The President has signed the  “Bipartisan Budget Act  of 2015” on November 2 , 2015  that otherwise could have resulted in as much as thirty percent of Medicare beneficiaries seeing a fifty two percent increase in their monthly Medicare Part B premiums (which cover doctor’s bills, etc.). Instead of increasing Medicare Part B premiums, the budget deal includes a reduction in Medicare payments to doctors and other health care providers.   Also, there is a proposed elimination of certain Social Security income planning strategies presently used to increase a married couple’s Social Security income. Also, the Budget Act prevented a 19% cut to an estimated 9 million disabled workers and 1.7 million children who get Social Security disability benefits by shifting $124 billion in payroll taxes to a separate trust fund that covers benefits for retired workers so that there should be adequate funds to pay those who are disabled until year 2022.

Due to a law that requires Medicare premiums cover increases in Medicare costs (except for those Social Security recipients who are also Medicare beneficiaries), about thirty percent of Medicare beneficiaries (new Medicare beneficiaries, seniors earning more than $85,000 a year, beneficiaries of both Medicare and Medicaid, and those enrolled in Medicare but who are not yet receiving Social Security) were facing a premium increase to at least $159.30 per month (usually it is $104.90 per month) to as much as $509.80 per month for certain retirees with high income. If the budget deal had not been reached, many seniors would have likely decided to not delay in taking their Social Security income (many presently delay collecting Social Security until after 65 so that their monthly Social Security income would be greater) since the “hold harmless” provision of the law prevented an increase in the Medicare Part B premiums (usually $104.90 per month) if they receive Social Security. The new Budget Act will still increase the Medicare Part B premiums to $120 per month plus a $3 surcharge (as a result of the U.S. Treasury lending money to the Medicare trust fund)  for most of the approximately30% of Medicare beneficiaries in the categories mentioned in this paragraph. However, the premiums for higher income individuals will be much greater than that. The premiums for the 70% receiving both Social Security and Medicare shall remain at $104.90 for the coming year.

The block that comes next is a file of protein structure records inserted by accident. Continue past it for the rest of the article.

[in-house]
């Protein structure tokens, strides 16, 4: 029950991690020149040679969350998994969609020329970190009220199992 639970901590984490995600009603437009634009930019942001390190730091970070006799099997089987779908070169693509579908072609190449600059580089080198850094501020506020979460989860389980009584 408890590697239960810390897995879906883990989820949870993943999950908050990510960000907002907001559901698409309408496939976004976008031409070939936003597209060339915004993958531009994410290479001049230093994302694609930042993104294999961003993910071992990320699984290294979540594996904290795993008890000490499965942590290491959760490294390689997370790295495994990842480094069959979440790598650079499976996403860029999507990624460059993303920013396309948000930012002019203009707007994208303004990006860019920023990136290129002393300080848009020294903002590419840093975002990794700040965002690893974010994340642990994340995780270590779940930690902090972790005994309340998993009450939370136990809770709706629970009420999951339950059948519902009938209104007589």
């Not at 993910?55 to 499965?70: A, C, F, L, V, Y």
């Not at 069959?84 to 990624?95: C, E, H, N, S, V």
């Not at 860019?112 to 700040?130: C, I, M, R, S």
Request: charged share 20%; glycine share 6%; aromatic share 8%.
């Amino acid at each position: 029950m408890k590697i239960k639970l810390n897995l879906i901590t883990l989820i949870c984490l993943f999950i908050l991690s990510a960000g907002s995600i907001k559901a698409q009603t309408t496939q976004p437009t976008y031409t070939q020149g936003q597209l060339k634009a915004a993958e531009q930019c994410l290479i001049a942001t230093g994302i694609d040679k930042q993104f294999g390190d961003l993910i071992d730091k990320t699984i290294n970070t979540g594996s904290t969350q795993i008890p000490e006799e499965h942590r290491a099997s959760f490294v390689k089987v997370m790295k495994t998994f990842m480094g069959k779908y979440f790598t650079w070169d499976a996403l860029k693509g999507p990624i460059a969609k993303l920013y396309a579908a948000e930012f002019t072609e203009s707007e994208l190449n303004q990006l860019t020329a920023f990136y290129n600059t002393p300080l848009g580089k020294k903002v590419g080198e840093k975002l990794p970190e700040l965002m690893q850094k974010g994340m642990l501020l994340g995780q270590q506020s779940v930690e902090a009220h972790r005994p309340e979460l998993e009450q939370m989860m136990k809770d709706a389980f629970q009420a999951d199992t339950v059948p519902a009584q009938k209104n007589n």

Social Security and Supplemental Security Income for 2016 will remain as they were in 2015 since the consumer prices (such as the cost of gas) are down for the past year. In this author’s opinion, the present inflation gauge is unfair to seniors since it is based on goods and services bought by working people who generally have less health care costs. It would seem to make more sense that the cost of living adjustment be tied to the consumer price index for the elderly (since they are the ones affected) which would take health costs of the elderly into consideration.

Finally, the Budget Act comes at a price as two most common techniques (filing a restricted claim of spousal benefits and doing a “file and suspend”) for increasing Social Security will be eliminated. The restricted claim strategy ends on December 31, 2015 for anyone who attains age 62 after that date. The restricted claim strategy is used since married workers have a choice to receive a retirement benefit based on the work record of their spouse or on their own work record. As a result, some workers reaching full retirement age presently file a restricted application requesting only on the work of their spouse while continuing earn delayed credits on their own work history since the longer you delay receiving your Social Security income, the more monthly income you can get. So, they would delay receiving their own Social Security until age 70 increasing their monthly income at that time. The new Budget Act will now only let you get higher benefit (not both).

A similar strategy called “file and suspend” will be eliminated as of April 30, 2016. Current Social Security rules allow a worker who has reached his or her full retirement age (generally now 66) to apply for (“file”) and then delay (“suspend”) receiving their benefit payment up to 4 years (until age 70) while allowing your spouse to receive benefits based on your earnings record. Your monthly Social Security income increase 8% for each year delay receiving your income from Social Security. This gives the couple up 4 years of spousal benefits. l The new Act prevents spousal benefits to be paid during the suspension period – even if a suspension claim has been made. As a result of this new law, workers who turn 66 before April 30, 2016 and have a spouse within 4 years age difference should consider this strategy before the law changes.

For help with navigating the medicare and social security changes, call our Dallas office for a consultation. 214-720-0102


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